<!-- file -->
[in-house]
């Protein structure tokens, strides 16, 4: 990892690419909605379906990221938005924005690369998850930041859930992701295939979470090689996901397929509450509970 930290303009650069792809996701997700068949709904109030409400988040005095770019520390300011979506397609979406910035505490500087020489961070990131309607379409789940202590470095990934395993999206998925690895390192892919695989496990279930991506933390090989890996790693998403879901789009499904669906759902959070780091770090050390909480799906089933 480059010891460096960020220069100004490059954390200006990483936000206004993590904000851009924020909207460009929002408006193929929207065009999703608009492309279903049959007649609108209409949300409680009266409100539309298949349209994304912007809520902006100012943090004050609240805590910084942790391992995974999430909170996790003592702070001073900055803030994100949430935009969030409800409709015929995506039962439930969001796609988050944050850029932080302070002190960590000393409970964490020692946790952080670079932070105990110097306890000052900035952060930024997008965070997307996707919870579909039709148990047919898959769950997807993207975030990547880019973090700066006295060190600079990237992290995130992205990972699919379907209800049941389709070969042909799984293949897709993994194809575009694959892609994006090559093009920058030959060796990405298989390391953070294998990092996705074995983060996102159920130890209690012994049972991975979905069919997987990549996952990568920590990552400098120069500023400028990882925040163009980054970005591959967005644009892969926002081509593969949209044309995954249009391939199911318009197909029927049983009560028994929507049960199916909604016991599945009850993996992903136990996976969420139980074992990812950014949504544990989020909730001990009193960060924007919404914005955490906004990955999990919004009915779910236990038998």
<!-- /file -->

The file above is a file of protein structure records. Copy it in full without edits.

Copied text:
[in-house]
């Protein structure tokens, strides 16, 4: 990892690419909605379906990221938005924005690369998850930041859930992701295939979470090689996901397929509450509970 930290303009650069792809996701997700068949709904109030409400988040005095770019520390300011979506397609979406910035505490500087020489961070990131309607379409789940202590470095990934395993999206998925690895390192892919695989496990279930991506933390090989890996790693998403879901789009499904669906759902959070780091770090050390909480799906089933 480059010891460096960020220069100004490059954390200006990483936000206004993590904000851009924020909207460009929002408006193929929207065009999703608009492309279903049959007649609108209409949300409680009266409100539309298949349209994304912007809520902006100012943090004050609240805590910084942790391992995974999430909170996790003592702070001073900055803030994100949430935009969030409800409709015929995506039962439930969001796609988050944050850029932080302070002190960590000393409970964490020692946790952080670079932070105990110097306890000052900035952060930024997008965070997307996707919870579909039709148990047919898959769950997807993207975030990547880019973090700066006295060190600079990237992290995130992205990972699919379907209800049941389709070969042909799984293949897709993994194809575009694959892609994006090559093009920058030959060796990405298989390391953070294998990092996705074995983060996102159920130890209690012994049972991975979905069919997987990549996952990568920590990552400098120069500023400028990882925040163009980054970005591959967005644009892969926002081509593969949209044309995954249009391939199911318009197909029927049983009560028994929507049960199916909604016991599945009850993996992903136990996976969420139980074992990812950014949504544990989020909730001990009193960060924007919404914005955490906004990955999990919004009915779910236990038998």